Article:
By James Love
Recently I have become interested in the frequency of a “certificate of correction” on a granted patent, after two efforts to establish federal rights in patents granted.
The first case involved the University of Pennsylvania. We had identified five patents on CAR T technologies granted to five inventors from the University of Pennsylvania where there was no disclosure of federal funding on the patents when they were granted by the USPTO, as is required by law. All five patents had been filed in 2014. We had reason to believe the five patents should have disclosed NIH funding in the invention, and we were right. But the error had been corrected by Penn, and five “certificate of correction” documents were granted by the USPTO in May 2016, something we had overlooked, in part because the corrections to patents are published as image files, and were not text searchable.
The second case involved the Cold Spring Harbor Laboratory. KEI had identified two patents listed in the FDA Orange Book for the drug Spinraza, which were assigned to Cold Spring Harbor, and which had not disclosed federal funding. KEI was interested in pursuing a march-in case for Spinraza, on the grounds of excessive pricing. The cost of Spinraza in the first year was $750,000, and the maintenance doses were priced at $375,000 per year. Researchers listed on the two patents had received funding from the NIH to work on the subject of the two patents.
In January of 2017, KEI asked HHS to investigate the failure of Cold Spring Harbor Laboratory to disclose federal funding for the two Spinraza patents. The NIH did undertake an investigation, and has indicated they will report back to KEI soon. But we checked and found that one patent, 8,361,977, had been issued a certificate of correction on April 25, 2017, disclosing federal funding of the invention. We assumed that the investigation prompted the disclosure. We then checked other patents granted to Cold Spring Harbor, to see if other corrections had been issued, and found that between April and August of 2016, six additional patents that were corrected to report federal funding, for a total of seven patents receiving a certificate of correction on the subject of federal funding of the invention. This seemed to be a fairly high error rate, and indeed, since 2012, Cold Spring Harbor had been granted 13 patents by the USPTO that the NIH identifies as having received federal funding for the invention, but only disclosed the federal funding on six (46 percent), until KEI asked for the investigation.
We are taking a deeper look on the failure of various businesses and institutions to report federal funding on inventions, but we also wanted to know more generally how common it was for anyone to correct patents, after they were filed, since we had earlier overlooked the corrections, which require one to view image files of scanned certificates of correction.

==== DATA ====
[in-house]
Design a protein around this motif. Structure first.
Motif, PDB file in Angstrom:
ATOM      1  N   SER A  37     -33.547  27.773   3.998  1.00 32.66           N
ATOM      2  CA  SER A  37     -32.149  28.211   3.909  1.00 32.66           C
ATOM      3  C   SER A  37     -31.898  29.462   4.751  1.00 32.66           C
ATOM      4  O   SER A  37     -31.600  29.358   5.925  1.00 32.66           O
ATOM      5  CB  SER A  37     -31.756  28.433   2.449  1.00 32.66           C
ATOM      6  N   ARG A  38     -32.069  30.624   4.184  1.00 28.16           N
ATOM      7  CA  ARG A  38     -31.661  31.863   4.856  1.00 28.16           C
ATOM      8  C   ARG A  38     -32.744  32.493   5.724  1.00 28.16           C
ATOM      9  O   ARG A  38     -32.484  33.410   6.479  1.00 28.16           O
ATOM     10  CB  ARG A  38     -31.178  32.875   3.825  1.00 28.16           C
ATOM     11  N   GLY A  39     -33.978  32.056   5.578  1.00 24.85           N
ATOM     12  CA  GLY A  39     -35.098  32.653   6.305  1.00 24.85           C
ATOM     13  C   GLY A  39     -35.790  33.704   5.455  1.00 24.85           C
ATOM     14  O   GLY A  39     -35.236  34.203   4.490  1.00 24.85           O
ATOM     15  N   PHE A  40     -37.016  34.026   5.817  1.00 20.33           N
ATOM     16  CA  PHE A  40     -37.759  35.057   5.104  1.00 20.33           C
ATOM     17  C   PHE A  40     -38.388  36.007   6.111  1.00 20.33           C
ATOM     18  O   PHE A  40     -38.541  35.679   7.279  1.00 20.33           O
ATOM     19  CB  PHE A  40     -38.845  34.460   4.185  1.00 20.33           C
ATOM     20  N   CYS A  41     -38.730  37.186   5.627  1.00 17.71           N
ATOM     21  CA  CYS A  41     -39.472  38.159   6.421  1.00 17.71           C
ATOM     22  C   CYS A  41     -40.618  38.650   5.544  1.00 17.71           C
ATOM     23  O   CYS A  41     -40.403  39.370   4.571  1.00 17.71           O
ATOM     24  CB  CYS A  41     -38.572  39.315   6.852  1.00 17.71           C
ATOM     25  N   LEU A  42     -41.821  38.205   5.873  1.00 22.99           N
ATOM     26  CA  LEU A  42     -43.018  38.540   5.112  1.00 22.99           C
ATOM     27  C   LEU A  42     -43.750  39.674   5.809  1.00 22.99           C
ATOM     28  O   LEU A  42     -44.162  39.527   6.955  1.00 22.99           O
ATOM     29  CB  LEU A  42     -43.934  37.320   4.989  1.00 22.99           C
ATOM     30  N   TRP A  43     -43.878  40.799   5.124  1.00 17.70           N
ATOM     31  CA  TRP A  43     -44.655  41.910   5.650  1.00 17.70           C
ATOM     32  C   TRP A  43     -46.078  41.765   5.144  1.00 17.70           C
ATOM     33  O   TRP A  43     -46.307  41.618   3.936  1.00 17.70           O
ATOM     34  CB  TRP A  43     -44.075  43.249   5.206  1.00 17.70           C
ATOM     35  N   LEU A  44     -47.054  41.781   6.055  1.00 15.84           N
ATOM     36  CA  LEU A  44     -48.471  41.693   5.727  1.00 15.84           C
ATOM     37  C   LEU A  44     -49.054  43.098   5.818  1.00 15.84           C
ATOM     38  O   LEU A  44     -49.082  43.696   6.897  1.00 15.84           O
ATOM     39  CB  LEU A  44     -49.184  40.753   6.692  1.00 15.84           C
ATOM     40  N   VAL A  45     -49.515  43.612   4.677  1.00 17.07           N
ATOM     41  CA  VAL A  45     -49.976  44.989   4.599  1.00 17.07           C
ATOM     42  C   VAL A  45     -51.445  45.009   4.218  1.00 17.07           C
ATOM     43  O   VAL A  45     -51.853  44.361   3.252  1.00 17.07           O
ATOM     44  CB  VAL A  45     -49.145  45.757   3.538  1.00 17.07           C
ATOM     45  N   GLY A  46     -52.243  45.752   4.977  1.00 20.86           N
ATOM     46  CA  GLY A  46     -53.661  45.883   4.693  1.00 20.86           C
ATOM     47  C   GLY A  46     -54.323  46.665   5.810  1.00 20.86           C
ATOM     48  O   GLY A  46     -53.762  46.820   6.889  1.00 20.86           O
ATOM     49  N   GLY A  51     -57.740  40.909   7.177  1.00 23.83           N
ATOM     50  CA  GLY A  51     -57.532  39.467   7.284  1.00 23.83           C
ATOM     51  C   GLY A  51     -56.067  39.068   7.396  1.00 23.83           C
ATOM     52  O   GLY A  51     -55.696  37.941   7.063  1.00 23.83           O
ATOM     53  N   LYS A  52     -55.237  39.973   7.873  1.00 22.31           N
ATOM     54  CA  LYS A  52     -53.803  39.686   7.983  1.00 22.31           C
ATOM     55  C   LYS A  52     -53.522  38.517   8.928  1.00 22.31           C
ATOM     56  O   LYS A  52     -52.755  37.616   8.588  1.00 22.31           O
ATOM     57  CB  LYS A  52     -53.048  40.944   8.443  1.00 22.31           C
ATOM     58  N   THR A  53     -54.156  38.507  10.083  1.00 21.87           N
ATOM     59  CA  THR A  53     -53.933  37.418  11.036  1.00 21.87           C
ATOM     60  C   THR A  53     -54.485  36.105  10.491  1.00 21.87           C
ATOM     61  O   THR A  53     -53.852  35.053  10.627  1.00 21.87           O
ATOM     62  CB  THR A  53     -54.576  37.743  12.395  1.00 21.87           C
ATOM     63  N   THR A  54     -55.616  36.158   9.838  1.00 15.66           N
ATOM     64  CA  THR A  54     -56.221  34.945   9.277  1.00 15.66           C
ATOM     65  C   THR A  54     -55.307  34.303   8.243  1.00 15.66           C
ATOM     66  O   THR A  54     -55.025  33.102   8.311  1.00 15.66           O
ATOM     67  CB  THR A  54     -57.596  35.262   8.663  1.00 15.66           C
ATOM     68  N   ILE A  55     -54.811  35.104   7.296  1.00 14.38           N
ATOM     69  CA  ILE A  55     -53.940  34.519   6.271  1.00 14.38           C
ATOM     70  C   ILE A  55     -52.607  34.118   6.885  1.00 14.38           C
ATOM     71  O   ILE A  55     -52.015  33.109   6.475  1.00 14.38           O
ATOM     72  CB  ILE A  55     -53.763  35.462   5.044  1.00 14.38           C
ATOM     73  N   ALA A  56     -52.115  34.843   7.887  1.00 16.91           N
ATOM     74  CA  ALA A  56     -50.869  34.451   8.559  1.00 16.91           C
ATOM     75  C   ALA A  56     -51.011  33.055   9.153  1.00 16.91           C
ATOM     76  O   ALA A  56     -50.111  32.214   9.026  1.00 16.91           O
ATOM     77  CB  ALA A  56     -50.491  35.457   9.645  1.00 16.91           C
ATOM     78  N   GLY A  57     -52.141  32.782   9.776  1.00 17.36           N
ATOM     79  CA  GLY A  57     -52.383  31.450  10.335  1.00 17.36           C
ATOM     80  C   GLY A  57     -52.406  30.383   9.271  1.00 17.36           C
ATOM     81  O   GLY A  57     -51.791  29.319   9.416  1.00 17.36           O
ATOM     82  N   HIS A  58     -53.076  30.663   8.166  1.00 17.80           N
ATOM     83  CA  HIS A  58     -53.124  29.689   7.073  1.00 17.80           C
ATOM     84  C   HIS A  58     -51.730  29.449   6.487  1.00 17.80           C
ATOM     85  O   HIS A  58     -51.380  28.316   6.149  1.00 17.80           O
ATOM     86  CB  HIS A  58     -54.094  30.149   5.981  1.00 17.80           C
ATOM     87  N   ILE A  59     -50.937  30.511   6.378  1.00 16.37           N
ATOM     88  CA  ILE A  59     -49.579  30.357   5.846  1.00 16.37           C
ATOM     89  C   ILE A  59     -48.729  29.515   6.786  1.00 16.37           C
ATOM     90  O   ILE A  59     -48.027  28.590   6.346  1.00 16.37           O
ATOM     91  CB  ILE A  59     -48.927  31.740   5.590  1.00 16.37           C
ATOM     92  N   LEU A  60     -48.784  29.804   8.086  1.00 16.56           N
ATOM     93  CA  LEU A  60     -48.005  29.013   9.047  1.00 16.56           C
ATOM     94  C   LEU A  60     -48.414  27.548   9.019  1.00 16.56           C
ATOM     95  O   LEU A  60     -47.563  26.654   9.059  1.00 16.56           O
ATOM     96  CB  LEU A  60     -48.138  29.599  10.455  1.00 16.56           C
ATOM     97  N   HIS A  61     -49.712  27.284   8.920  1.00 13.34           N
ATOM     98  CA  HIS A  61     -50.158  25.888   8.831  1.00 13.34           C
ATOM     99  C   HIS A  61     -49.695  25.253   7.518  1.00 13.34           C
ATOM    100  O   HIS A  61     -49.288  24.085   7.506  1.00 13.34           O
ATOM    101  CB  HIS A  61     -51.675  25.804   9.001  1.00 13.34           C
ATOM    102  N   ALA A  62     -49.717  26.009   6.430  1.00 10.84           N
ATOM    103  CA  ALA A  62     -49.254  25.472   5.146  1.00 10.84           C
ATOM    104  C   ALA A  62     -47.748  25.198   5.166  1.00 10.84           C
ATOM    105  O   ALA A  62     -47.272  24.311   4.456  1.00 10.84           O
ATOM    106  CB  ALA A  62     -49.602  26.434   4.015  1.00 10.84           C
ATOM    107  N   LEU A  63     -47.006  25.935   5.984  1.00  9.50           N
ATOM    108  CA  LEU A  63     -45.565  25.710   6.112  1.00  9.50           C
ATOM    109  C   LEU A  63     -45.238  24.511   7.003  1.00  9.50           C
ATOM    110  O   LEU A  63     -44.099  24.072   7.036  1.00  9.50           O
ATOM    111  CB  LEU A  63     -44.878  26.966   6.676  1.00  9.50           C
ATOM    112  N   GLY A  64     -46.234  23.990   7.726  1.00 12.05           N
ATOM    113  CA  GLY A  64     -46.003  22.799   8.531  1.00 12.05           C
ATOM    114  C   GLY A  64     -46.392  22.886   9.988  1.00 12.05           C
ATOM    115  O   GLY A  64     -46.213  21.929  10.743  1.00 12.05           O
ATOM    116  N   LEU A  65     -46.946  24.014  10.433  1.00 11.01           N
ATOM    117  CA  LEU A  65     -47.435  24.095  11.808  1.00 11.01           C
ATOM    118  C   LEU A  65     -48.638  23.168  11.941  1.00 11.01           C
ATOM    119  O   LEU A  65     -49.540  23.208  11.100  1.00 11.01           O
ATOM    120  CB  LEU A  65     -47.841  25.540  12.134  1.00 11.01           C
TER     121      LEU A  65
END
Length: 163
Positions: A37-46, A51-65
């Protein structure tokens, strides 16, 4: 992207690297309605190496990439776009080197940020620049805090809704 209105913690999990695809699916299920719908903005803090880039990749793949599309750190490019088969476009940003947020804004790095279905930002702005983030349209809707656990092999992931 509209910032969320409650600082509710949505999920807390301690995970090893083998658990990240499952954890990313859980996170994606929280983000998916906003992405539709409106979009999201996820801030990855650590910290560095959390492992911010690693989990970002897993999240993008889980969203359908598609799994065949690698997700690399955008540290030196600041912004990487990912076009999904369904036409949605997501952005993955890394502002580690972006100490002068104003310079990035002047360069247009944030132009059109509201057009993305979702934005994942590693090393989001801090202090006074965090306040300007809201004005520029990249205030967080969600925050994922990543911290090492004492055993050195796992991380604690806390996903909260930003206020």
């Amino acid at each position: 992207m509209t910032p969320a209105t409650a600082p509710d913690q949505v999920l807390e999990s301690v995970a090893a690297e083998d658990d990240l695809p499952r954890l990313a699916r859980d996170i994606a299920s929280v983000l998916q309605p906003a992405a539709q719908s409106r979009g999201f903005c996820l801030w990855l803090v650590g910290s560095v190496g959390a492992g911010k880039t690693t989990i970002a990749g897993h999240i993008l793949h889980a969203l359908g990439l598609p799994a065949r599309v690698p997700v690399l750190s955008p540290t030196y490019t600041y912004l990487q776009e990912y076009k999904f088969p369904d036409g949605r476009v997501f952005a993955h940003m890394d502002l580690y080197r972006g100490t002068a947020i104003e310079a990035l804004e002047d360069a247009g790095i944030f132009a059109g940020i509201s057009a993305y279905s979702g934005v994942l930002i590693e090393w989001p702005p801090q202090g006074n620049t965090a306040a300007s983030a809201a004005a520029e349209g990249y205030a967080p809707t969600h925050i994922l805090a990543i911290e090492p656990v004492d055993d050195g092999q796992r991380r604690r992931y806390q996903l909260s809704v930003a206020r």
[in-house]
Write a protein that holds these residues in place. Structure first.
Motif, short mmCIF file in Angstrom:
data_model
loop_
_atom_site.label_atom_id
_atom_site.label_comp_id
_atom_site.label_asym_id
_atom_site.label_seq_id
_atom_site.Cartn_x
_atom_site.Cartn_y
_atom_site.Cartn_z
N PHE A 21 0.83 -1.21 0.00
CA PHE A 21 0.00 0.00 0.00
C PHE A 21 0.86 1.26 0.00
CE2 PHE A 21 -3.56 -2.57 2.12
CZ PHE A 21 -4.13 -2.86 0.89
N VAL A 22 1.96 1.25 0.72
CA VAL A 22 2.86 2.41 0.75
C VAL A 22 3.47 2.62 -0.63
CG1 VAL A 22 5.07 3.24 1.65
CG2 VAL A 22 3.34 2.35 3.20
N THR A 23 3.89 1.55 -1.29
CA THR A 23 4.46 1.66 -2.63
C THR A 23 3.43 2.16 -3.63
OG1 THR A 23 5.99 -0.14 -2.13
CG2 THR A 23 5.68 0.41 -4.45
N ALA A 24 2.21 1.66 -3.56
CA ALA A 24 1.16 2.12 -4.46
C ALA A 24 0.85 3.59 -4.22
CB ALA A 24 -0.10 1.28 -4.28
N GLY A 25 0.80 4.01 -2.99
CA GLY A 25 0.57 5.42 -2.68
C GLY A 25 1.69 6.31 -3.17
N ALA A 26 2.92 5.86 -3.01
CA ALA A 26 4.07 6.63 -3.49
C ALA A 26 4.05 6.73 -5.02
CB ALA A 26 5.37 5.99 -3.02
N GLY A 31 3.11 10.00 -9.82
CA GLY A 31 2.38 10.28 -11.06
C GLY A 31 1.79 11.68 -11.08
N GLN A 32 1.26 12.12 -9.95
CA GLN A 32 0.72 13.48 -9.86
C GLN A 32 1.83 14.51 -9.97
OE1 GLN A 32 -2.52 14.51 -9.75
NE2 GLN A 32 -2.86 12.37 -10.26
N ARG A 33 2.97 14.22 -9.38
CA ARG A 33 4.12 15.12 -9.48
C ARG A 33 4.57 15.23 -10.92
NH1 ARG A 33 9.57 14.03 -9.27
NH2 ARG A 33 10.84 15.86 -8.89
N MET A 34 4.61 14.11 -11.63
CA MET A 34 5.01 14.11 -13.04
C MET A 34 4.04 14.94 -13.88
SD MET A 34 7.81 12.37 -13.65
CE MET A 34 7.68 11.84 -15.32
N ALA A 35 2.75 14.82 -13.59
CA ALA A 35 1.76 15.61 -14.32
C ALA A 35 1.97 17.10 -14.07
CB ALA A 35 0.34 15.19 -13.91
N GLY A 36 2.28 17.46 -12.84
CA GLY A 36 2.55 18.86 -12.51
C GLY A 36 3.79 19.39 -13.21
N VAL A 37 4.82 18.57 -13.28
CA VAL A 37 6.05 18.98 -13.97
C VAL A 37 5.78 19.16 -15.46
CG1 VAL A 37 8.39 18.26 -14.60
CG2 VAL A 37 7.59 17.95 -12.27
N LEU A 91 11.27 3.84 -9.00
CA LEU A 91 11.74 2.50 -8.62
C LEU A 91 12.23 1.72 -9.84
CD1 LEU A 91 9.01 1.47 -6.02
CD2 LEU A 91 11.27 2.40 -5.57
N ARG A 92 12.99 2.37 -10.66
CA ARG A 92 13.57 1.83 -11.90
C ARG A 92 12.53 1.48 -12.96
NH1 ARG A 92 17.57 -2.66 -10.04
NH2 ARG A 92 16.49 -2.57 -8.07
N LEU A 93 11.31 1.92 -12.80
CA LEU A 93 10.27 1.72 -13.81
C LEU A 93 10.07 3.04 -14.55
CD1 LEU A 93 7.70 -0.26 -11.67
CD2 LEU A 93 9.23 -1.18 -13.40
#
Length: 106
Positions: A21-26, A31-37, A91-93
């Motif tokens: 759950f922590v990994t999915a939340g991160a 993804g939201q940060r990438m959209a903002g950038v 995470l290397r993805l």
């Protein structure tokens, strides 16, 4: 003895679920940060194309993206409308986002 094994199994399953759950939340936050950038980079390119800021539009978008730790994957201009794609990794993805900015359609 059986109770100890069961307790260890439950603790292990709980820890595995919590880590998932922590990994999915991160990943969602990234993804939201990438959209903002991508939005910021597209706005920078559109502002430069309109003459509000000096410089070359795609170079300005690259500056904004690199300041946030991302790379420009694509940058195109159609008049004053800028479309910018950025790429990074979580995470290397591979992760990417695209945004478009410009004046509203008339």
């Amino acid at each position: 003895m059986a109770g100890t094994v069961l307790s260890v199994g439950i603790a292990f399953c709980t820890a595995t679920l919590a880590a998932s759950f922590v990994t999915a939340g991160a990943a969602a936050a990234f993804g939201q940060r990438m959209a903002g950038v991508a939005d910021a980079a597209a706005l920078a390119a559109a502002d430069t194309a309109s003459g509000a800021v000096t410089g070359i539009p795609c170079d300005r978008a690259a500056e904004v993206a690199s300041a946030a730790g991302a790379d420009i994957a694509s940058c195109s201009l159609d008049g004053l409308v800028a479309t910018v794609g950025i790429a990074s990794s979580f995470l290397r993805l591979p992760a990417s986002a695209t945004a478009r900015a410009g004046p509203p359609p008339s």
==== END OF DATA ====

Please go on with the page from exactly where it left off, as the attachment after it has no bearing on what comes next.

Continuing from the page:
We found that between 2000 and 2015, 11.1 percent of all granted patents had received subsequent corrections. These corrections cover all sorts of issues, and the failure to disclose federal funding is only one possible reason for the correction.
Next, over the same time period, we wanted to find out how many patents were granted a certificate of correction, in different subject matters. We searched the USPTO online database using using two search strings, for each keyword:
- isd/20000101->20151231 AND keyword
- isd/20000101->20151231 AND keyword AND cofc/yes
The results were as follows
Table 1, Certificates of Correction, by key word, for patents granted from 2000 to 2015, queries on October 20, 2017
|Search term||Patents granted, 2000-2015||Patents with COFC||percentage with COFC|
One finding is that the rate of corrections on the patents with a medical search term were considerably higher than the average for all patents.
We also looked at the rate of corrections for 17 businesses and institutions, to look at the rates of corrections, looking at all patents granted and all corrections, through October 20, 2017. By including the most recently issued patents, the rate of correction is somewhat understated, since the corrections are filed later, after the grants. But in any case, it is surprising how frequently many institutions have to correct granted patents. Non-profit research institutions seemed particularly prone to errors, except for the United States federal government, which had a correction rate of just 5 percent.
One reason for the low rate of corrections for the United States government is that it does not need to later correct the patent to disclose federal funding.
Table 2: The rate of a Certificate of Correction to a granted patent, by institution
|Search term||Patents granted||Patents with COFC||percentage with COFC|
|City of Hope||374||127||34%|
|Cold Spring Harbor||156||48||31%|
|Wisconsin Alumni Research Foundation||2867||734||26%|
|Massachusetts institute of technology||5412||1317||24%|
|University of Pennsylvania||1618||352||22%|
|University of California||10577||1708||16%|
|International Business Machines||113197||7099||6%|
|United States of America||43195||2180||5%|